Gerard Mercator (March 5, 1512 - December 2, 1594) is a seminal figure in the history of cartography. Mercator was born near Antwerp as Gerard de Cremere in Rupelmonde. He studied Latin, mathematics, and religion in Rupelmonde before his Uncle, Gisbert, a priest, arranged for him to be sent to Hertogenbosch to study under the Brothers of the Common Life. There he was taught by the celebrated Dutch humanist Georgius Macropedius (Joris van Lanckvelt; April 1487 - July 1558). It was there that he changed him name, adapting the Latin term for 'Merchant', that is 'Mercator'. He went on to study at the University of Louvain. After some time, he left Louvain to travel extensively, but returned in 1534 to study mathematics under Gemma Frisius (1508 - 1555). He produced his first world map in 1538 - notable as being the first to represent North America stretching from the Arctic to the southern polar regions. This impressive work earned him the patronage of the Emperor Charles V, for whom along with Van der Heyden and Gemma Frisius, he constructed a terrestrial globe. He then produced an important 1541 globe - the first to offer rhumb lines. Despite growing fame and imperial patronage, Mercator was accused of heresy and in 1552. His accusations were partially due to his Protestant faith, and partly due to his travels, which aroused suspicion. After being released from prison with the support of the University of Louvain, he resumed his cartographic work. It was during this period that he became a close fried to English polymath John Dee (1527 - 1609), who arrived in Louvain in 1548, and with whom Mercator maintained a lifelong correspondence. In 1552, Mercator set himself up as a cartographer in Duisburg and began work on his revised edition of Ptolemy's Geographia. He also taught mathematics in Duisburg from 1559 to 1562. In 1564, he became the Court Cosmographer to Duke Wilhelm of Cleve. During this period, he began to perfect the novel projection for which he is best remembered. The 'Mercator Projection' was first used in 1569 for a massive world map on 18 sheets. On May 5, 1590 Mercator had a stroke which left him paralyzed on his left side. He slowly recovered but suffered frustration at his inability to continue making maps. By 1592, he recovered enough that he was able to work again but by that time he was losing his vision. He had a second stroke near the end of 1593, after which he briefly lost speech. He recovered some power of speech before a third stroke marked his end. Following Mercator's death his descendants, particularly his youngest son Rumold (1541 - December 31, 1599) completed many of his maps and in 1595, published his Atlas. Nonetheless, lacking their father's drive and genius, the firm but languished under heavy competition from Abraham Ortelius. It was not until Mercator's plates were purchased and republished (Mercator / Hondius) by Henricus Hondius II (1597 - 1651) and Jan Jansson (1588 - 1664) that his position as the preeminent cartographer of the age was re-established. More by this mapmaker...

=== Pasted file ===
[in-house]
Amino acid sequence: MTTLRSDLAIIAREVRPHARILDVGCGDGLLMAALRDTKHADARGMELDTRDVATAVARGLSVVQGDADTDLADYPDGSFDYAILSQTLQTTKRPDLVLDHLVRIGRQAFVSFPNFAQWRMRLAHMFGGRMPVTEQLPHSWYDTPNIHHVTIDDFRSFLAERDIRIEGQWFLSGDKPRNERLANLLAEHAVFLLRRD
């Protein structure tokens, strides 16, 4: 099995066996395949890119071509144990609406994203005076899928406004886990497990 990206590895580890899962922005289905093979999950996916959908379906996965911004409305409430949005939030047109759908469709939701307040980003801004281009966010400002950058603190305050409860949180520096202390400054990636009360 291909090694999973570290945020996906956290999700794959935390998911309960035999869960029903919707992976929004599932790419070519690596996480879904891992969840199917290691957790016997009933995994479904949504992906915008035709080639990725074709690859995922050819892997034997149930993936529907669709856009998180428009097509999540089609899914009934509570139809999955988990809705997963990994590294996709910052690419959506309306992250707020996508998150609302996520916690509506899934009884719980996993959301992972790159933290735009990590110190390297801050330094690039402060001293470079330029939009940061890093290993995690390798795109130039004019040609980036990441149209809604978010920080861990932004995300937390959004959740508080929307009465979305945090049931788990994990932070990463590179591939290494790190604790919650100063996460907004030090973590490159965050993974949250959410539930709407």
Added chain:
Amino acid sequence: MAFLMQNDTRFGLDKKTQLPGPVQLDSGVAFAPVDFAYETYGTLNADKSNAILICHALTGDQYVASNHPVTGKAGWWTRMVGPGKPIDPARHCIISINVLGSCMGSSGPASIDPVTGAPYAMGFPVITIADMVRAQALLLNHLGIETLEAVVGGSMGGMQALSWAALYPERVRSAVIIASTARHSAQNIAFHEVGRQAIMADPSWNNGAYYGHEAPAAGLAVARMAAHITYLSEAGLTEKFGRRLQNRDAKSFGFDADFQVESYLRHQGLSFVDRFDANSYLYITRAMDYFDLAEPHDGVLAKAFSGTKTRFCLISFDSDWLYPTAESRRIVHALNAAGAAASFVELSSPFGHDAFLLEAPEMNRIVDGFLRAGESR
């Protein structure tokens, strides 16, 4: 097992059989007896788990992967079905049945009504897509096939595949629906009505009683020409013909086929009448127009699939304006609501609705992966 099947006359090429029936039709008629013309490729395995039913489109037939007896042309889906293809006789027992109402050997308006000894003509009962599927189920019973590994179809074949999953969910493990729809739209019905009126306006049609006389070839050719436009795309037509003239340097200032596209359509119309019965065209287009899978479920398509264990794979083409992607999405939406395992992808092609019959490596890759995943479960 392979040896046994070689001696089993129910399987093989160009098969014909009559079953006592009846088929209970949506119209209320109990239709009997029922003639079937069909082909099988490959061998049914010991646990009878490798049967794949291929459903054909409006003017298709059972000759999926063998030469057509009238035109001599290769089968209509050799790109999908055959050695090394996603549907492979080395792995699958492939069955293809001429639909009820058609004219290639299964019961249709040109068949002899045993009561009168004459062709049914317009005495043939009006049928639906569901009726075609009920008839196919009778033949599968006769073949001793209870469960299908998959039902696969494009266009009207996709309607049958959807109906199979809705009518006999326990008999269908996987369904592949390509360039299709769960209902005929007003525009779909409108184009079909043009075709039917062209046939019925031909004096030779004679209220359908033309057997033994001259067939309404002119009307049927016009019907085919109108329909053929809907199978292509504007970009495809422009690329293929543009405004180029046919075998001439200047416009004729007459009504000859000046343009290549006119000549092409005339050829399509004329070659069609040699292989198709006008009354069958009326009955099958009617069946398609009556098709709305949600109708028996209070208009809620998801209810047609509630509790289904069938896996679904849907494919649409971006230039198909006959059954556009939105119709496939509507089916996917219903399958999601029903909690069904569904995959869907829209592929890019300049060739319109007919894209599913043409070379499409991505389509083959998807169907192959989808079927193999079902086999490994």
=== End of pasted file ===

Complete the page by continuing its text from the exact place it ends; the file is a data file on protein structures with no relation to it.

Bernard Wapowski (1475-1535) a Polish cartographer, is credited with the first contemporaneous map of Poland in 1526. He was born in Wapowce near Przemyśl, but virtually nothing is known of his early life. While in Rome as part of Erasme Ciołk's Polish Embassy between 1505 and 1506, he produced his first map of Poland. He enjoyed influence there, gaining introduction to the Pope and the protection of Cardinal Peirre Jules II. Wapowski stayed in Rome for several years at the Court of the Holy See where he worked on his map of Jagellonian Poland, based on Nicolas de Cuse's 1491 map. He is thought to have drawn the Ptolemaic maps covering Poland and Kievan Rus for the 1507 and 1508 Rome Ptolemies. By 1526 Wapowski was secretary to the King Sigismund the Old. At that time, he producd a map of Poland and the Grand Duchy of Lithuania with the assistance of Nicolaus Copernicus, with whom he studied at the University of Kraków under Albert Brudzewski. The 1526 map would be Wapowski's most important: it was the first large-scale, detailed, contemporaneous map of Poland. Wapowski's maps are now all lost except in a few surviving fragments. Despite this, his work was powerfully influential in the 16th century, providing the basis for the mapping of Poland and Hungary by Münster, Ortelius, Mercator and others. He is underdstood to have had assistance from Nicolaus Copernicus. The astronomer also learned from Wapowski during their longtime friendship, producing his own map of Prussia in 1510. Wapowski also wrote a continuation of Jan Długosz's History of Poland. Learn More...


Mercator, G., Atlas, sive Cosmographicæ meditationes de fabrica mundi et fabricati figura, (Duisberg: Busius) 1595.    


Very good. Few small stains away from image. Centerfold reinforced at bottom margin, not impacting image. Else excellent with a bold strike and generous margins.


OCLC 633690814. Rumsey 10501.145 (1607) Van der Krogt, P. C. J., Koeman's Atlantes Neerlandici, (Vol. 1), 1730:1A.1. Karrow, R. W., Mapmakers of the Sixteenth Century and their Maps 56/168.